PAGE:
In my recent experience I actually had to ask if it had been pulled yet, so no. The anesthetic jag hurt more.

Mine healed quickly but best to have painkillers handy for when anesthetic wears off.

G
Good to know! I have quite a high pain threshold and the needle is nothing, so if that is the worse thing then bonus! It's a top tooth, and I heard sometimes dentists can't pull these out easily?

I guess it's different for different people, but for me the numbing injections are a walk in the park, I hardly felt anything and then they leave you to go numb for 5 minutes or so.
Then they begin putting pressure on the tooth, you'll feel lots of hard pushing down and hear crunching- it's not really painful but it's not a pleasant sensation. Then they'll twist the tooth out. Hopefully as you don't have much left, plus you aren't feeling much, will probably mean it's very quick for you.
That process took about 1-2 minutes! Afterwards you can taste a bit of blood, but the relief of it being over with is immense. Just take some painkillers while you're still numb and you'll forget it ever happened by the next day! It heals VERY quickly, you do salt water rinses a couple of times a day. You will not miss the tooth either... occasionally a nut might get stuck in the gap though, hehe.
It is really worth it, I'm so happy to not have toothache! Unfortunately for me, the day after I got an ear infection

The dentist you get is random I think... This is the number I was given when I told them I couldn't get in at the normal dentist: 03456 059999- it's like a referral number, you tell them about your horrible pain and they get someone from your local area to call you back with an emergency appointment. I thought the efficiency of the service was brilliant, I was in the same day.
I think that's my logic, too. I am sick of having to get it repaired all the time. I would love to save it, but if it's going to constantly give me problems in the future, there's no point, especially since I probably won't miss it anyway! I tend to chew on the other side of my mouth, too.

In Manchester I think the referral scheme is different. They have outsourced a different company - outside of the NHS - to work on the emergency side of things, so you have to ring them, who will then decide if you need the appointment.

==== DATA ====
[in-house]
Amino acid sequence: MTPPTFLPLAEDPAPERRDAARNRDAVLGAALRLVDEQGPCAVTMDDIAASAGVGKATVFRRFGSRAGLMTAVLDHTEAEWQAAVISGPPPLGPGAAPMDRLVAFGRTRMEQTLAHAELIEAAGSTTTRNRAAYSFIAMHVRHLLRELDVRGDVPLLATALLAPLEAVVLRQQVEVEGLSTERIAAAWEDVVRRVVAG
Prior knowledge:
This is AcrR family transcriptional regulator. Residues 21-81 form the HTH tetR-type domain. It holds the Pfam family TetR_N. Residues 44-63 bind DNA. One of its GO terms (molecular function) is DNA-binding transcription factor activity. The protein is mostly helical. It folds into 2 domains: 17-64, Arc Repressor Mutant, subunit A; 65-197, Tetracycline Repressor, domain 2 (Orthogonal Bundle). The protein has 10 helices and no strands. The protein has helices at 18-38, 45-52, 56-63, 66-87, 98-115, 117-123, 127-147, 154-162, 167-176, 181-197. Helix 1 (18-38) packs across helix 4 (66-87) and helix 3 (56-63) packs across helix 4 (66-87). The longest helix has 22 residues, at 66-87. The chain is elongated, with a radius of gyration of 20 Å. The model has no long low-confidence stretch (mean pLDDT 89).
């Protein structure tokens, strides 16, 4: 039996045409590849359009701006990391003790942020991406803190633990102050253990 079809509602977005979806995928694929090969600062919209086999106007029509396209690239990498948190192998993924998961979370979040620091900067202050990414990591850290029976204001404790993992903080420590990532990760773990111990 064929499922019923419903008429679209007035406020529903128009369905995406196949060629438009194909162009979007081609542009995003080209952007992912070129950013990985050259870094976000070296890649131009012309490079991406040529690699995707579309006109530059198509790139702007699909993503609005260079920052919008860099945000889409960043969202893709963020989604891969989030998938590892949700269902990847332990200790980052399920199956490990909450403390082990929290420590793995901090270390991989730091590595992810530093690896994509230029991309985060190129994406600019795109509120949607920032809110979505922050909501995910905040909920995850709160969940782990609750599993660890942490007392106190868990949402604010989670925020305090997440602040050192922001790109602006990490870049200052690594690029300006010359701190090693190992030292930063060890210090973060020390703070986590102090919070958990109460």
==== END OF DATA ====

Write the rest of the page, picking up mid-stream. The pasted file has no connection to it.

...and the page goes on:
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Old 01-05-2012, 11:13
salman79uk
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sorry to dig an old thread, do you know how many extractions you can have done on the NHS middle band which is currently 48 I think.

I have an appointment booked for 3 wisdom teeth extractions. Will that be 48 per tooth or for all 3?
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Old 01-05-2012, 11:21
Hugh Jboobs
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sorry to dig an old thread, do you know how many extractions you can have done on the NHS middle band which is currently 48 I think.

I have an appointment booked for 3 wisdom teeth extractions. Will that be 48 per tooth or for all 3?
Should be same price for all three if it's done at your dentist on the same course of treatment.

If you've been referred to a hospital, I believe there is no charge.
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Old 01-05-2012, 12:25
mummymaz
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i recently paid 30 for an extraction and root canal - i think they got it wrong! this was in Cheshire
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Old 01-05-2012, 13:23
Hugh Jboobs
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i recently paid 30 for an extraction and root canal - i think they got it wrong! this was in Cheshire
Had you already paid a fee of 17 quid or so for your examination? If so, the balance of 47 or so would have been the thirty quid payment you made.
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Old 01-05-2012, 14:13
Pretinama
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I have a tooth where the filling keeps falling out. I had a temporary filling in it when I went to an emergency dentist because it was too painful. The tooth is now in need of, apparently, root canal treatment after another filling came loose.

I'm getting a little bit tired of having to get it refilled all the time. The dentist at the emergency place said extraction might be the best option. It's my last molar before the wisdom tooth so I think I could live without it. All of my other teeth are fine.

So, what does it cost on the NHS?

The reason I ask is because there's so much online with different prices I'm lost.
What does your local dentist charge, have you asked him/her?
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Old 01-05-2012, 15:15
leybrock
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The prices are or at least should be on the wall of the dental offices by the receptionist, there are 3 price ranges, it also depends on if you are paying full price or if on benefits, receptionist always ask as you get a form to fill out and sign.
I used to be called every 6 months for check up, it has been reduced to once per year.